Is Indoor Tanning Safe For My Eyes?
- Posted on: Nov 15 2021
Is Indoor Tanning Safe For My Eyes?
As the cold weather sets in, and sunlight becomes scarce, many Alaskans turn to tanning beds as a form of artificial sunlight. While visiting a tanning bed can feel like a miniature vacation, research suggests that artificial tanning can cause serious skin damage, as well as damage to the eyes.
If you have read our blog, UV and Your Eyes, you know that exposure to UV from sunlight can lead to serious eye conditions such as macular degeneration, cataracts, pterygium, photokeratitis, and cancer. According to the American Academy of Ophthalmology (AAO), tanning beds can produce UV levels up to 100 times what you would get from the sun, which can cause serious damage to the external and internal structures of the eye and eyelids. These UV rays can penetrate the eyelids, so closing your eyes won’t protect them. Because UV damage is cumulative, the more you are exposed, the greater your risk becomes.
Macular degeneration, or ARMD, is a potentially blinding condition that occurs when the macula of the eye starts to break down. This portion of the retina is responsible for fine detail and central vision. Extended exposure to UV radiation increases the risk of developing ARMD. There is no cure for macular degeneration, however intraocular injections are used to slow the progression in certain forms of this disease.
Eyelid skin cancers account for 5-10% of all skin cancers, according to The Skin Cancer Foundation. These cancers include basal cell carcinoma, squamous cell carcinoma, and melanoma. Treating this condition requires surgical removal of the affected tissue.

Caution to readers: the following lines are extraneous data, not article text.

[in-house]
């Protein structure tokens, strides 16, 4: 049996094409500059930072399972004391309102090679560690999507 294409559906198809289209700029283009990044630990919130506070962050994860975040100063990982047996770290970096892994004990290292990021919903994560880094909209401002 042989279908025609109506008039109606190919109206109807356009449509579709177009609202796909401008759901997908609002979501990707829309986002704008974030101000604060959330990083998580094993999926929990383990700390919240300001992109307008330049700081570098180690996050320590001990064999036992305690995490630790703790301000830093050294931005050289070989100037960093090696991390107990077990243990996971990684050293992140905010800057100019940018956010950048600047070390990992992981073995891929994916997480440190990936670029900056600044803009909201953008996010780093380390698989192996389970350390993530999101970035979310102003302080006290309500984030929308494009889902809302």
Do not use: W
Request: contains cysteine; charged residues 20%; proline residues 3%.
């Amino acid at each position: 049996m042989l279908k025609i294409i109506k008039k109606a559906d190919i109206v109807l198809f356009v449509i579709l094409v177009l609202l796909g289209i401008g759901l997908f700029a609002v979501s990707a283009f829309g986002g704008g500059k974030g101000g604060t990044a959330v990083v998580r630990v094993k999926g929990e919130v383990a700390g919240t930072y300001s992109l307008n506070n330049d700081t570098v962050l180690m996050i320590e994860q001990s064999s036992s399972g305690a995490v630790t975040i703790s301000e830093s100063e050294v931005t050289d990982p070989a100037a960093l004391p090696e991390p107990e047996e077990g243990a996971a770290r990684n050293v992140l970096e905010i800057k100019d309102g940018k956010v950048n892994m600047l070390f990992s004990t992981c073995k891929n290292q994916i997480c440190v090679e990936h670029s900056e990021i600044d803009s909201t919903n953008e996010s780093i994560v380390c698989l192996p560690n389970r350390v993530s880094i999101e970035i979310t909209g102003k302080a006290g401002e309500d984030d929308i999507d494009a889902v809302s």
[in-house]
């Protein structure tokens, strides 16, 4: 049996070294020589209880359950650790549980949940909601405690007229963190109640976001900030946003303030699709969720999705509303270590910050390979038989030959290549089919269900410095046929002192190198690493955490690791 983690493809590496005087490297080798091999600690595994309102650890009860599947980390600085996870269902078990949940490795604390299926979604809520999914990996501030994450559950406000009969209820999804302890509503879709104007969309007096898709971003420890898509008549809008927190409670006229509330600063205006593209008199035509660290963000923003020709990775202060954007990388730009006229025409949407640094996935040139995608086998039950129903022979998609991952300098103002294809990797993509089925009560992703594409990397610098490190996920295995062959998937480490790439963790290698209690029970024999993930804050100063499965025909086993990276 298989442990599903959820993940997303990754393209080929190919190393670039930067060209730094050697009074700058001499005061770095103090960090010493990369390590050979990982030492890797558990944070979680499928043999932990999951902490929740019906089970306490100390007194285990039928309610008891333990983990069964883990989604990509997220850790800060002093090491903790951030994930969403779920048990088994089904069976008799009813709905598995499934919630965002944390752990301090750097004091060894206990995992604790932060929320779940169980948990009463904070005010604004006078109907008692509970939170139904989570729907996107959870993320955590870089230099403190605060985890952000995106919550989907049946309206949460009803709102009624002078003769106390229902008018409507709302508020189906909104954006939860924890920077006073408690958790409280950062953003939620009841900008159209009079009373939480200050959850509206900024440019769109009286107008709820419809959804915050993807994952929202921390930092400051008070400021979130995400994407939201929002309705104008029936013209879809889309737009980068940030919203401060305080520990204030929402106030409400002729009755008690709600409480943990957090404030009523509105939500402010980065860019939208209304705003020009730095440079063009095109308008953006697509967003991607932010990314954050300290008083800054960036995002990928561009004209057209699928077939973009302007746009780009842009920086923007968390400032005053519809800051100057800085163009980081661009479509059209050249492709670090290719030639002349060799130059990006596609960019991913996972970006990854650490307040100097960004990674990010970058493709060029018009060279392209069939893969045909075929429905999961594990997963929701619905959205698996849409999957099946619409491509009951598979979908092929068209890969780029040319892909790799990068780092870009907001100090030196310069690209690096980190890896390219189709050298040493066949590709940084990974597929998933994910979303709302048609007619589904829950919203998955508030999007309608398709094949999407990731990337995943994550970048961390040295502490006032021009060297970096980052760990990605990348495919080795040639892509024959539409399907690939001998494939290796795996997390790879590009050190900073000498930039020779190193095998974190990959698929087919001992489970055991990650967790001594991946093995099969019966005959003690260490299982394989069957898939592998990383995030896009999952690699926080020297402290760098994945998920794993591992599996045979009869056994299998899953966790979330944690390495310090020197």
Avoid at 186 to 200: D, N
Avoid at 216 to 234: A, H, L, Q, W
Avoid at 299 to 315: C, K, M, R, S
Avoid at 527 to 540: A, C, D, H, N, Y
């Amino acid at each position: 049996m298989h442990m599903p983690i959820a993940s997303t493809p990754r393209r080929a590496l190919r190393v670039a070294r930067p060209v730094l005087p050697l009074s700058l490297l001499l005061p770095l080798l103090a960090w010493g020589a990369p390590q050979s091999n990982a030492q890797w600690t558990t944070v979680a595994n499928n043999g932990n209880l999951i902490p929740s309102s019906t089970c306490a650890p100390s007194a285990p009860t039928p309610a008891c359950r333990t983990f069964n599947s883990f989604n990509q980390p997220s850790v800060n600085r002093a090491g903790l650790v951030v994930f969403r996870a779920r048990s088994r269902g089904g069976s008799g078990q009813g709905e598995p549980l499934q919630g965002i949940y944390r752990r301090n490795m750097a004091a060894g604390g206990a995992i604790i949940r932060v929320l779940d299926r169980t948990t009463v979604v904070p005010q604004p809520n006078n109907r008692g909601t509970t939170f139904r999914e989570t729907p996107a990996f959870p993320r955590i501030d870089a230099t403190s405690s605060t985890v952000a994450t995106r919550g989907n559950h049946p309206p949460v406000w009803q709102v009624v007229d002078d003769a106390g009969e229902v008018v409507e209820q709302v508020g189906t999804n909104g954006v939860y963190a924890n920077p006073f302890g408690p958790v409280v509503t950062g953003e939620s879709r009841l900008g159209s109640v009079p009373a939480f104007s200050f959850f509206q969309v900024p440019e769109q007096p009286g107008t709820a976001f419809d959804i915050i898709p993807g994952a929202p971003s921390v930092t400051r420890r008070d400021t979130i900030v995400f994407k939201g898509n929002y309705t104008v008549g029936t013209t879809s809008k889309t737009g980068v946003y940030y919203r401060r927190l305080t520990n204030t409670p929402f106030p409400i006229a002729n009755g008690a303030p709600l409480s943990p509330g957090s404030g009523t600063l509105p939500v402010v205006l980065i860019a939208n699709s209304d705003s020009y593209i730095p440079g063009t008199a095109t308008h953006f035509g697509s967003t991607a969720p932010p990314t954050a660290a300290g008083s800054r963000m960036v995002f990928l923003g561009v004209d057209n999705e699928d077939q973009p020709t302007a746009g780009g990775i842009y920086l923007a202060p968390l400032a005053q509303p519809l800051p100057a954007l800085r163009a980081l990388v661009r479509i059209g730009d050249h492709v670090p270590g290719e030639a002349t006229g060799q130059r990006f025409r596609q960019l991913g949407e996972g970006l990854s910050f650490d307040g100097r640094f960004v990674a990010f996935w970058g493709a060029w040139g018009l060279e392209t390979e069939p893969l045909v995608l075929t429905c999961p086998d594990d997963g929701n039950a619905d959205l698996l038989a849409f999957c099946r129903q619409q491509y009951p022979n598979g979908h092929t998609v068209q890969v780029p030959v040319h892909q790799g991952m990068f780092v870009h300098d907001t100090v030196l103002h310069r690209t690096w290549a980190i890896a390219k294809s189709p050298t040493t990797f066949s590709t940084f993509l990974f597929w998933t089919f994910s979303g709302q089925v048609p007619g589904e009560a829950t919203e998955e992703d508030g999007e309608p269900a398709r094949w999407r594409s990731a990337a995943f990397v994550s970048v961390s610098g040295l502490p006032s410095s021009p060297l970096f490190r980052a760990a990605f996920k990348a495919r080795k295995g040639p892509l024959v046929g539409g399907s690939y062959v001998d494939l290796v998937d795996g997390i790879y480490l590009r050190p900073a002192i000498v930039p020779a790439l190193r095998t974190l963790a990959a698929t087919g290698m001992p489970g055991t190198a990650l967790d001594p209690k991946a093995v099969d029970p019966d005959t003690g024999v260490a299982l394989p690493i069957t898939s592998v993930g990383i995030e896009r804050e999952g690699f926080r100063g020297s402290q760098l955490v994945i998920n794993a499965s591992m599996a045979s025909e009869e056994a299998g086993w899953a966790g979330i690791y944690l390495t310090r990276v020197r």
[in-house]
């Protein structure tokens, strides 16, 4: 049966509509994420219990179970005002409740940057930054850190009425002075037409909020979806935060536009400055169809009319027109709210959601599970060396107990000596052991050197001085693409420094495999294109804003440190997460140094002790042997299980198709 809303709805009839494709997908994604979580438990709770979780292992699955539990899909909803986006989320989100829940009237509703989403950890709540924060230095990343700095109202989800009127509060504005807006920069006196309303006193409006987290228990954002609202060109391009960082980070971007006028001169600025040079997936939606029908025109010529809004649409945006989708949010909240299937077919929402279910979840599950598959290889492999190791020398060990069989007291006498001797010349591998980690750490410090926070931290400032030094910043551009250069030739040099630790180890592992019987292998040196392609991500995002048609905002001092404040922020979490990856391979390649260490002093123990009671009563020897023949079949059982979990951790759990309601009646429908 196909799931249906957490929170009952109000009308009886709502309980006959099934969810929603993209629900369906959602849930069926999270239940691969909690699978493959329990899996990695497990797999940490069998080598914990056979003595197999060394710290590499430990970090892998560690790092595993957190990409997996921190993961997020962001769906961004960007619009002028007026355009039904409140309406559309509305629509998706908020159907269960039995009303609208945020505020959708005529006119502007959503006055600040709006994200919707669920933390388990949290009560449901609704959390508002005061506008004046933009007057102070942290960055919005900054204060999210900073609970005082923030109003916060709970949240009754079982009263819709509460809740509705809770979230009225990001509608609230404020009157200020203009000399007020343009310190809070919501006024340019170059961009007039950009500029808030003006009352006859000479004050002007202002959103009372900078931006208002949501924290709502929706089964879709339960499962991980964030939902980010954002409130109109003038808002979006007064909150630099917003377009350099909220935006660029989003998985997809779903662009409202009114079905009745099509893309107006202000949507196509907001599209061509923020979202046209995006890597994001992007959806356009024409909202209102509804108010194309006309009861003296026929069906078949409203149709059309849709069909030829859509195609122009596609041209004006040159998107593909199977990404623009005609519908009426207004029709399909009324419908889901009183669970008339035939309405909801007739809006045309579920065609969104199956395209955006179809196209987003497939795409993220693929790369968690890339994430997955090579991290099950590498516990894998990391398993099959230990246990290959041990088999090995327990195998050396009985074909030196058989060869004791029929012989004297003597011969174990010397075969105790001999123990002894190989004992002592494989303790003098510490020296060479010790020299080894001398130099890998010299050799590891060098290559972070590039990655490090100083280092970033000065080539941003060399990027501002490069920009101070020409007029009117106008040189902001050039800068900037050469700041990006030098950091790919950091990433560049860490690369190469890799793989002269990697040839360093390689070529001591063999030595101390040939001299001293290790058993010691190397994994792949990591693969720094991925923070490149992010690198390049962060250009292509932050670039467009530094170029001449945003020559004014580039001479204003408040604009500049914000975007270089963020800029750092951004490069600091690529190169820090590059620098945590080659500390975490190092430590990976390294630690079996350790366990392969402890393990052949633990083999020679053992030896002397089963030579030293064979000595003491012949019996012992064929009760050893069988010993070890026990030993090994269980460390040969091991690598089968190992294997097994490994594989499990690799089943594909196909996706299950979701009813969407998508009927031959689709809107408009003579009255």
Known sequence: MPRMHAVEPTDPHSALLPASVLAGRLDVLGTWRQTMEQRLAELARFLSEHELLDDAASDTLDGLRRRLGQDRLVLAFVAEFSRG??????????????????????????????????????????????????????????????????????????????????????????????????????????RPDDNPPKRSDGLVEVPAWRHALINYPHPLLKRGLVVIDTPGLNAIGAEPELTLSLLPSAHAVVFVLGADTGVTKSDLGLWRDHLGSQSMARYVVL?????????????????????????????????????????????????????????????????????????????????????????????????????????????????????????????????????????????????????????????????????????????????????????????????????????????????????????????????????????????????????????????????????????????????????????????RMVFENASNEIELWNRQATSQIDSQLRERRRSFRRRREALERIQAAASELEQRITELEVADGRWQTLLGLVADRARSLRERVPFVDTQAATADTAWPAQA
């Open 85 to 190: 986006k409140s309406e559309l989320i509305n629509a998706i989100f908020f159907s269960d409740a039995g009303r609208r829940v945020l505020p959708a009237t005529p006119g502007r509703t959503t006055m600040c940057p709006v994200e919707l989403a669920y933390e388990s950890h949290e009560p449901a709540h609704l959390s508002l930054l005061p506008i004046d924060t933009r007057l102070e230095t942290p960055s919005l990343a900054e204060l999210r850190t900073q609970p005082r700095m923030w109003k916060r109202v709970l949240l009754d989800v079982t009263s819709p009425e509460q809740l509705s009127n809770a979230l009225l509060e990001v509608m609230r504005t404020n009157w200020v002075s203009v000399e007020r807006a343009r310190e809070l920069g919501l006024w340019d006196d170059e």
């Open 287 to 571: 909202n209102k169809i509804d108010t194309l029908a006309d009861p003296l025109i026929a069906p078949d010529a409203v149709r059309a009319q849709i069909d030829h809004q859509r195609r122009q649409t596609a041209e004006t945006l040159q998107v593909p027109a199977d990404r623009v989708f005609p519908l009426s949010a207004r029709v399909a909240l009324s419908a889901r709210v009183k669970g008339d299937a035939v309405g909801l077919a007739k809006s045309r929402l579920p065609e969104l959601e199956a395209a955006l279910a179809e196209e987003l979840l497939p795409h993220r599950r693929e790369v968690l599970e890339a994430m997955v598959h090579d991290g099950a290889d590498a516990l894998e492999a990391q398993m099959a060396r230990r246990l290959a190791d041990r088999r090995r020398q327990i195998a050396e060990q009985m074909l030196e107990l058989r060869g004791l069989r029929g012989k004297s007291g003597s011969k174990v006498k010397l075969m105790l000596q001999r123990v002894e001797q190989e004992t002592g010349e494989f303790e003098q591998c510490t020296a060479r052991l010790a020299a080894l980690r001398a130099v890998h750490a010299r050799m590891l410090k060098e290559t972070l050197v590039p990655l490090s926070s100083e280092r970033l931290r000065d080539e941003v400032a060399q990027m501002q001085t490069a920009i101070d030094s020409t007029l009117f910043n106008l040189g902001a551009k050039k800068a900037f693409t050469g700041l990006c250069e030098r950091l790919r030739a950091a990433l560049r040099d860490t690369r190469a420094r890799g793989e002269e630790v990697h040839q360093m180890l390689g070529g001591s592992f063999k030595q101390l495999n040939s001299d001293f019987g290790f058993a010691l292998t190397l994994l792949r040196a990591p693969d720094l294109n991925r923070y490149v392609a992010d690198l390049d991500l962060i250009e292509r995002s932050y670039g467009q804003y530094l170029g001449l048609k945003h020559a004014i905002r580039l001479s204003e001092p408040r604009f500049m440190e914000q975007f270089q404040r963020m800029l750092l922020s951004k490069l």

Cataracts occur when the clear lens of the eye becomes opaque. This causes a number of visual symptoms, including blurry vision, sensitivity to bright light, glare and halos around lights, and dim color vision. Exposure to UV can lead cataracts to form prematurely. The only treatment for cataracts is surgery. Learn more about cataracts with our blog.
Photokeratitis occurs when the eye is exposed to excessive UV. It is essentially a sunburn that occurs on the eye. Symptoms of photokeratitis include pain, watery eyes, sensitivity to light, and irritation. This condition can cause severe pain and even temporary loss of vision. Symptoms usually subside within a few days.
Pterygium, also known as Surfer’s Eye, is a fleshy tissue growth that occurs on the conjunctiva of the eye. This usually occurs in the portion closest to the nose. This benign growth is painless, but can cause irritation and redness in the eye. In severe cases, it may grow onto the cornea, causing vision changes and requiring surgical removal.
The best way to protect your eyes from UV is to avoid exposure. Always wear 100% UV blocking sunglasses outdoors, and wear sunscreen on your face and around your eyes. It is best to avoid indoor tanning booths, but if you do go tanning, always wear protective goggles and make sure they are fitting properly. Sunglasses, towels, or closing your eyes will not protect you from UV damage in a tanning bed.
To keep your eyes and vision healthy, see your eye doctor annually for a routine eye exam. To schedule an exam, call or text (907) 328-2920. To learn more about your eyes, read all of the blog entries on our website at www.mountainvieweyes.com.blog.
American Academy of Ophthalmology, https://www.aao.org/eye-health/tips-prevention/indoor-tanning-eye-safety
The Skin Cancer Foundation, https://www.skincancer.org/skin-cancer-prevention/sun-protection/eye-protection/
Gina Stafford, COA, LDO, ABOC
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